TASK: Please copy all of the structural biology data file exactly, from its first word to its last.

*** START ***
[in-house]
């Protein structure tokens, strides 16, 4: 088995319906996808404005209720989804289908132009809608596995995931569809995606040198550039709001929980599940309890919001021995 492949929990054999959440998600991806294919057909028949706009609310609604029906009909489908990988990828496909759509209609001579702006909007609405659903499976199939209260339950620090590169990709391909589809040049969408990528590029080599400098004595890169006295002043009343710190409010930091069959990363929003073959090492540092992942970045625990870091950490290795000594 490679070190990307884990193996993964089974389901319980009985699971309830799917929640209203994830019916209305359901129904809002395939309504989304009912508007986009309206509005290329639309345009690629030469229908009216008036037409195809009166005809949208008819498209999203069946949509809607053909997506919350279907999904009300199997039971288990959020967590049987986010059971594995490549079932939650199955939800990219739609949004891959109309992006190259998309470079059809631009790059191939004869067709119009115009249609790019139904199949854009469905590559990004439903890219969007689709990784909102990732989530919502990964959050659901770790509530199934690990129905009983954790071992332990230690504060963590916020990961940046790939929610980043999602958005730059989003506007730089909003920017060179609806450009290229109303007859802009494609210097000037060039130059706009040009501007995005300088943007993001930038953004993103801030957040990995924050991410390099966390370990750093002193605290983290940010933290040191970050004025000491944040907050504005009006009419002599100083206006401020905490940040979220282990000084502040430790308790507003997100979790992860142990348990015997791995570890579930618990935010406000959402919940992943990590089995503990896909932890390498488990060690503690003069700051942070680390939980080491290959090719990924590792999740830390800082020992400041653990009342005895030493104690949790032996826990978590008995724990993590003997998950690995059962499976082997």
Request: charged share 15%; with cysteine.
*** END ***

[in-house]
């Protein structure tokens, strides 16, 4: 088995319906996808404005209720989804289908132009809608596995995931569809995606040198550039709001929980599940309890919001021995 492949929990054999959440998600991806294919057909028949706009609310609604029906009909489908990988990828496909759509209609001579702006909007609405659903499976199939209260339950620090590169990709391909589809040049969408990528590029080599400098004595890169006295002043009343710190409010930091069959990363929003073959090492540092992942970045625990870091950490290795000594 490679070190990307884990193996993964089974389901319980009985699971309830799917929640209203994830019916209305359901129904809002395939309504989304009912508007986009309206509005290329639309345009690629030469229908009216008036037409195809009166005809949208008819498209999203069946949509809607053909997506919350279907999904009300199997039971288990959020967590049987986010059971594995490549079932939650199955939800990219739609949004891959109309992006190259998309470079059809631009790059191939004869067709119009115009249609790019139904199949854009469905590559990004439903890219969007689709990784909102990732989530919502990964959050659901770790509530199934690990129905009983954790071992332990230690504060963590916020990961940046790939929610980043999602958005730059989003506007730089909003920017060179609806450009290229109303007859802009494609210097000037060039130059706009040009501007995005300088943007993001930038953004993103801030957040990995924050991410390099966390370990750093002193605290983290940010933290040191970050004025000491944040907050504005009006009419002599100083206006401020905490940040979220282990000084502040430790308790507003997100979790992860142990348990015997791995570890579930618990935010406000959402919940992943990590089995503990896909932890390498488990060690503690003069700051942070680390939980080491290959090719990924590792999740830390800082020992400041653990009342005895030493104690949790032996826990978590008995724990993590003997998950690995059962499976082997």
Request: charged share 15%; with cysteine.